To balance these imperial perspectives on Acadians, Hodson roots his study in the personal history of his subjects through a biographical approach. This organization allows him to reorient Acadian historiography from a focus on cultural persistence to one on a global diaspora framed by imperial designs and failures but experienced by individuals with diverse subjectivities. He follows specific Acadians to far-flung places around the globe, including the British American colonies, the Falkland Islands, France, Canada, and Spanish Louisiana. In each place the Acadians found much to be desired. Constantly trying to maintain political neutrality made Acadians particularly vulnerable to the whims of imperial designers in desperate need of labor to sustain European colonial projects. Hodson claims that, though migration (forced and otherwise) was a central part of the eighteenth century colonial experience, the Acadians endured a unique additional “psychological suffering” because of their marginalization and alienation from their community (p. 4). While Hodson certainly proves that the Acadians doubly experienced suffering, he has missed some opportunities for comparison here by overstating its uniqueness. Surely other people who were marginalized and forced to migrate by imperialists also suffered psychologically from a loss of communal ties. Engaging with scholarship on this kind of experience for, say, enslaved Africans and indigenous peoples around the globe might have allowed Hodson to draw profound conclusions on the nature of suffering, labor, and community beyond the Acadian experience.
An insightful and personal analysis of migration, The Acadian Diaspora deepens our understanding of global history by portraying the eighteenth century as an imperial world in flux that created opportunities for some while closing the door to prosperity for many. In presenting the Acadian diaspora as a collective biography of global movement, Hodson links events and people in imperial peripheries to their counterparts in the core within one seamless narrative, which results in a rich imperial history rooted in contingency. Given the recent biographical turn in Atlantic history, it is perhaps unsurprising that Hodson has crafted his narrative in such a personal way. His decision to organize The Acadian Diaspora as a collective biography of a group through smaller biographical anecdotes of individuals makes this book especially effective in personalizing history “from the bottom up” while crafting an engrossing narrative with wide implications for scholars of global, French, American, and imperial histories.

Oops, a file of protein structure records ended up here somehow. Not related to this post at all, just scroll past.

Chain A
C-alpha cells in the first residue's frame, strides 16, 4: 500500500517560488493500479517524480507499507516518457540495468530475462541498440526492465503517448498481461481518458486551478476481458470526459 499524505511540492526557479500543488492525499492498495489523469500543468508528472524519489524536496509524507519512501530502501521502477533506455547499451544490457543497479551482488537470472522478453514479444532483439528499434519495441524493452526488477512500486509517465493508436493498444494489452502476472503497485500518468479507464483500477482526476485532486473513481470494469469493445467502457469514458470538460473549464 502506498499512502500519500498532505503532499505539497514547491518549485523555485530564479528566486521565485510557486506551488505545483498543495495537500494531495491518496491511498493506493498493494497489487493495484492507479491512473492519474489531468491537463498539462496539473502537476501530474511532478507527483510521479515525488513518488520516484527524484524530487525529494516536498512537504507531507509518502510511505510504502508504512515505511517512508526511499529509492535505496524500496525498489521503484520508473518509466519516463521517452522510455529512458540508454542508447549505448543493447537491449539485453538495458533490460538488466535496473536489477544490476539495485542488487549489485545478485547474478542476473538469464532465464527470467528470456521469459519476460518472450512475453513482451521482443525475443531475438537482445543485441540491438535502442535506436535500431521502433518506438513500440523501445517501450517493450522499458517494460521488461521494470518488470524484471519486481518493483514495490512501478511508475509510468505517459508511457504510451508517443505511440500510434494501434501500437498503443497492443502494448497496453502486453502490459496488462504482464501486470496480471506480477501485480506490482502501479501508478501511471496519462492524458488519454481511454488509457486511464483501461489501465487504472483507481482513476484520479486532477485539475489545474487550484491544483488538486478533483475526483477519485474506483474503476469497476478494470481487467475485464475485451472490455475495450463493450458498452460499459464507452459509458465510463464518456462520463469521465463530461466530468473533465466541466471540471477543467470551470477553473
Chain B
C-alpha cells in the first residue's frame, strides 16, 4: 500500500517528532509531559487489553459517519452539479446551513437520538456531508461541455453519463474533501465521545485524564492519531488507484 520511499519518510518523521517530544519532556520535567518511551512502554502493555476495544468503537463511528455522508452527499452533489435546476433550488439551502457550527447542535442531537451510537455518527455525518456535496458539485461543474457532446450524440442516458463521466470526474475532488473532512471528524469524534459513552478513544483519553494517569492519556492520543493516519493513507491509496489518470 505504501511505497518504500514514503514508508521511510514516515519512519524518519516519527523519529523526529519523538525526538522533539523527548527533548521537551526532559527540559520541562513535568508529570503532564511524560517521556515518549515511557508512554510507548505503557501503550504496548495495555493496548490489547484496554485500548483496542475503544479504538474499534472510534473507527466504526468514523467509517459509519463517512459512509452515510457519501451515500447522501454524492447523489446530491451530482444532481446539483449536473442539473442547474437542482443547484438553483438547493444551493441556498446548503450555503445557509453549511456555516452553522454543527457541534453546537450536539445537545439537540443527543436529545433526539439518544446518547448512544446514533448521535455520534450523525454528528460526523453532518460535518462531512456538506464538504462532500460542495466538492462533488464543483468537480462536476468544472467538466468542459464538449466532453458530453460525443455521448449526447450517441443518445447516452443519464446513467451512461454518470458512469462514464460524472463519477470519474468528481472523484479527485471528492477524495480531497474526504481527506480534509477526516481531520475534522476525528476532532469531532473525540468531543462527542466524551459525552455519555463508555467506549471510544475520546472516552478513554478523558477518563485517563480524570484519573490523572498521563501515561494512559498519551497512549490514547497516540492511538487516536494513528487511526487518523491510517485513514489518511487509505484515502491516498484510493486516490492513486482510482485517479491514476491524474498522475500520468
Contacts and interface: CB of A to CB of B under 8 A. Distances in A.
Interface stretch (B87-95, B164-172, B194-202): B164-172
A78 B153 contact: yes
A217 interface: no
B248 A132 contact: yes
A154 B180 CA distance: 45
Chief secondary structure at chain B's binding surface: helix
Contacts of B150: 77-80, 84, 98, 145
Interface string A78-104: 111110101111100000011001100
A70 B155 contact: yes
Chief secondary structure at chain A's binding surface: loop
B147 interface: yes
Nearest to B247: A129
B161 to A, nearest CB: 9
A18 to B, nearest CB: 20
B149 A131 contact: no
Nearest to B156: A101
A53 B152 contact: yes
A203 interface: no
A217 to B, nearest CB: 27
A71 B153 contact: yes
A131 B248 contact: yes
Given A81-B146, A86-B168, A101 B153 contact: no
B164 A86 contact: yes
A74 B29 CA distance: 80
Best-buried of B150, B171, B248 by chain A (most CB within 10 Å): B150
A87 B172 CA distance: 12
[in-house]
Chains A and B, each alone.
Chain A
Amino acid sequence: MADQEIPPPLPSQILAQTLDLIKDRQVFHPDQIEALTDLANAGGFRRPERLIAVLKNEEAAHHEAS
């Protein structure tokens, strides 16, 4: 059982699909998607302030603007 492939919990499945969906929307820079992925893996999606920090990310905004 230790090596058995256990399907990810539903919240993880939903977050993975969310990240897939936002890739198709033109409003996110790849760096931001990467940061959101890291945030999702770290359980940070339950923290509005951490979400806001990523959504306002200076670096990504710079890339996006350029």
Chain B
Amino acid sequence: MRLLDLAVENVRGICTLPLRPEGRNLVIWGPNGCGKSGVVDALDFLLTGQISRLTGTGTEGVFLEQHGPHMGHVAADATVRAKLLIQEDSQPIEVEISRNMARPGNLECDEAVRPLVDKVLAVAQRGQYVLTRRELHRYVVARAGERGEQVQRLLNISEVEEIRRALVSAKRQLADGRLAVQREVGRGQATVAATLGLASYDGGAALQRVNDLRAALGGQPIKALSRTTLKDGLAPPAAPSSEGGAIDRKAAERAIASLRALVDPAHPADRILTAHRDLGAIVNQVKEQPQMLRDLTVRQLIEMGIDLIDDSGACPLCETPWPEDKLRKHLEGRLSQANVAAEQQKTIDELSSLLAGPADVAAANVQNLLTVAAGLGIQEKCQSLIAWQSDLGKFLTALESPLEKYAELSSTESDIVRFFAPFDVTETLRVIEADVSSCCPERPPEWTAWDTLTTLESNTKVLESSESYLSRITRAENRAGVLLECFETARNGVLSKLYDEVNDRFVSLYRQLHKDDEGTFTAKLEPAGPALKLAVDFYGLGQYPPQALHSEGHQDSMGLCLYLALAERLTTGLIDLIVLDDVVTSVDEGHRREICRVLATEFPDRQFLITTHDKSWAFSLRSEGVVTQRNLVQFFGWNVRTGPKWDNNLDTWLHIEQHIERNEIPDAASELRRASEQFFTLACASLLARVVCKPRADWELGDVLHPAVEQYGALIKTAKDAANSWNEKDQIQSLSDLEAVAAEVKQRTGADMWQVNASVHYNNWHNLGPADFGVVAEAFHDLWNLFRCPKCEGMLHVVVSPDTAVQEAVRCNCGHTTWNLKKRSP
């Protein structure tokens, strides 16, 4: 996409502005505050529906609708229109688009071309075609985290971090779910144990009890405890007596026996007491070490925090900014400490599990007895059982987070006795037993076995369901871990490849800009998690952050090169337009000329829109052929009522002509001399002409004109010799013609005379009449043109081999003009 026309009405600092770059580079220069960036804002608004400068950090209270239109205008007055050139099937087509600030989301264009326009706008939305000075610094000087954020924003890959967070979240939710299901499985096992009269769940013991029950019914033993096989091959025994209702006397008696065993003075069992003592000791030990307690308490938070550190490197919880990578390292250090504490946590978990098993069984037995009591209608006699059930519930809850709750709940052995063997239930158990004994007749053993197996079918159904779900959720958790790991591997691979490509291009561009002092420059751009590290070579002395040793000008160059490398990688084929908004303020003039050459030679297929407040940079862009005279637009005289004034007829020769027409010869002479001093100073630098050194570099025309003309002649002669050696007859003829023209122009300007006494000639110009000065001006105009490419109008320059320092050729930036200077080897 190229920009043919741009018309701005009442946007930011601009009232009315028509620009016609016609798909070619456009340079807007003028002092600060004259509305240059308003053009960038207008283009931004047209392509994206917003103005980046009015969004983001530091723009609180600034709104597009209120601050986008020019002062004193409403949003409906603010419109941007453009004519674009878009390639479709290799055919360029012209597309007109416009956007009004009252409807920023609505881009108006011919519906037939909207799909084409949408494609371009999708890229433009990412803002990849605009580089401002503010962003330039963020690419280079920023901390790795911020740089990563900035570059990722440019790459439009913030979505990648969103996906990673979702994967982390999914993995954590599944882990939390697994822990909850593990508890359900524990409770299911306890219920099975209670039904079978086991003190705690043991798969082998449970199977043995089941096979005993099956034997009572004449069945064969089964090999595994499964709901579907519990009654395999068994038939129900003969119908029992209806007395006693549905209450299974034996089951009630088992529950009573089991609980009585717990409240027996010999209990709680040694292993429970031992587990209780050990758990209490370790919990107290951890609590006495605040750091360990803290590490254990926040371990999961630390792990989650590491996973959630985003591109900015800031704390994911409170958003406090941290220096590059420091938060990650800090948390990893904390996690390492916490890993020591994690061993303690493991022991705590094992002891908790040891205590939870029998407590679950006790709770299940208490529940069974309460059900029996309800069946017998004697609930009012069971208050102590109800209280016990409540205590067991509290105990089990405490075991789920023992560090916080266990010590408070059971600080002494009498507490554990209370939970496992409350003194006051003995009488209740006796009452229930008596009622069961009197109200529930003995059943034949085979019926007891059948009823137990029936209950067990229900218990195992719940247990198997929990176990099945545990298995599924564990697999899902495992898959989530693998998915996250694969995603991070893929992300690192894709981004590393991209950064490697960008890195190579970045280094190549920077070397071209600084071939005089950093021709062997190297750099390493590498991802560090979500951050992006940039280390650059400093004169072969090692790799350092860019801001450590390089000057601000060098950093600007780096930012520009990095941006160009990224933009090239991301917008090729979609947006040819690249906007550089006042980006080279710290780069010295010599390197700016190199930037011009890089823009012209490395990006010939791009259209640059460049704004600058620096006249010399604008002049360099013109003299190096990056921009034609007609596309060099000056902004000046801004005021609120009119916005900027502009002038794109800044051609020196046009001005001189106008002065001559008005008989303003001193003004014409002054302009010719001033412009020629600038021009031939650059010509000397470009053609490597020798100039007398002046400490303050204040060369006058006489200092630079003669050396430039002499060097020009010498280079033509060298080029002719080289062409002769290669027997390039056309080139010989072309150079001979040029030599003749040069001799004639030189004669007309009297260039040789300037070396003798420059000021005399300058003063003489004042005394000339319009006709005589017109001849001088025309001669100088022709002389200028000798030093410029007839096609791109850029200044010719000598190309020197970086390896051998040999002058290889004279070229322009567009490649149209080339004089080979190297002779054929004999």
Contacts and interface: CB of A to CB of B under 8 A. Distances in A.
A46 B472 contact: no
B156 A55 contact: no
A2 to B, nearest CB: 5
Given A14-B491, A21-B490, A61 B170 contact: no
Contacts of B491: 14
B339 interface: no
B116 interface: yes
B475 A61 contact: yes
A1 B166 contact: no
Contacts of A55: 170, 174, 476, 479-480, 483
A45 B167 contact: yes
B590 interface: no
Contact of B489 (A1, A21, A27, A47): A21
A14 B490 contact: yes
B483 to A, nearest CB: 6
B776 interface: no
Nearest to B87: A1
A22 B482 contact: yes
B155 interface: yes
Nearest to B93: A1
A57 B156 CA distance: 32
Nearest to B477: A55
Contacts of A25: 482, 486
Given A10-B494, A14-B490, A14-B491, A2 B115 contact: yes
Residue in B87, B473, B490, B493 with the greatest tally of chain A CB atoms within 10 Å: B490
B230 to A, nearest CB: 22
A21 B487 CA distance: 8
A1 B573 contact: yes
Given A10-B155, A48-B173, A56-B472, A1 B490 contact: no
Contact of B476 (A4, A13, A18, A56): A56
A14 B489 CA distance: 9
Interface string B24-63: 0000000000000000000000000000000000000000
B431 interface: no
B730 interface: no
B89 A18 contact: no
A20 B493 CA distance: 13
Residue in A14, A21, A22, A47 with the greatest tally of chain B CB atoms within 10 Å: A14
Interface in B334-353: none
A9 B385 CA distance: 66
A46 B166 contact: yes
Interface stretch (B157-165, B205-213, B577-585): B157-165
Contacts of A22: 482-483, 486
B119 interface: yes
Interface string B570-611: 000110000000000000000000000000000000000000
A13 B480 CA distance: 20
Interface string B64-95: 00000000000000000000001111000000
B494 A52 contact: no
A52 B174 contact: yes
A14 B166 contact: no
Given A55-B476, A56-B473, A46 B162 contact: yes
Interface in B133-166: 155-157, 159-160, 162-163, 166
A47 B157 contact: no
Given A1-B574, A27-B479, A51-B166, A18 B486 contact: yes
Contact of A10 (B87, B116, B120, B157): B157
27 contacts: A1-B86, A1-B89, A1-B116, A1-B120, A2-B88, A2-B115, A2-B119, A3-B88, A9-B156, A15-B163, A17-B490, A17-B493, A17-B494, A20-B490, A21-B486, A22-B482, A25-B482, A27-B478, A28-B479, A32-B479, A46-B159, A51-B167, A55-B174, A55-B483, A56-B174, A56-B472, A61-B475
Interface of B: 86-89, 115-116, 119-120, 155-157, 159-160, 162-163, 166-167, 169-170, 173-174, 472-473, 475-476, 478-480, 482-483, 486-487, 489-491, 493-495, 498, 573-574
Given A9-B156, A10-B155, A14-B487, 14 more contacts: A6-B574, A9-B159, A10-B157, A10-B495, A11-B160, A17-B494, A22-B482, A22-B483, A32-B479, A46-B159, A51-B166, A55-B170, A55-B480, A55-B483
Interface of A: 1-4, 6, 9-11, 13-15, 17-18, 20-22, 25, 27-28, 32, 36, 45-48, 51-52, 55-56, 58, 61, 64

If there is additional discussion of this review, you may access it through the network, at: https://networks.h-net.org/h-war.
Garrett W. Wright. Review of Hodson, Christopher, The Acadian Diaspora: An Eighteenth-Century History.
H-War, H-Net Reviews.
|This work is licensed under a Creative Commons Attribution-Noncommercial-No Derivative Works 3.0 United States License.|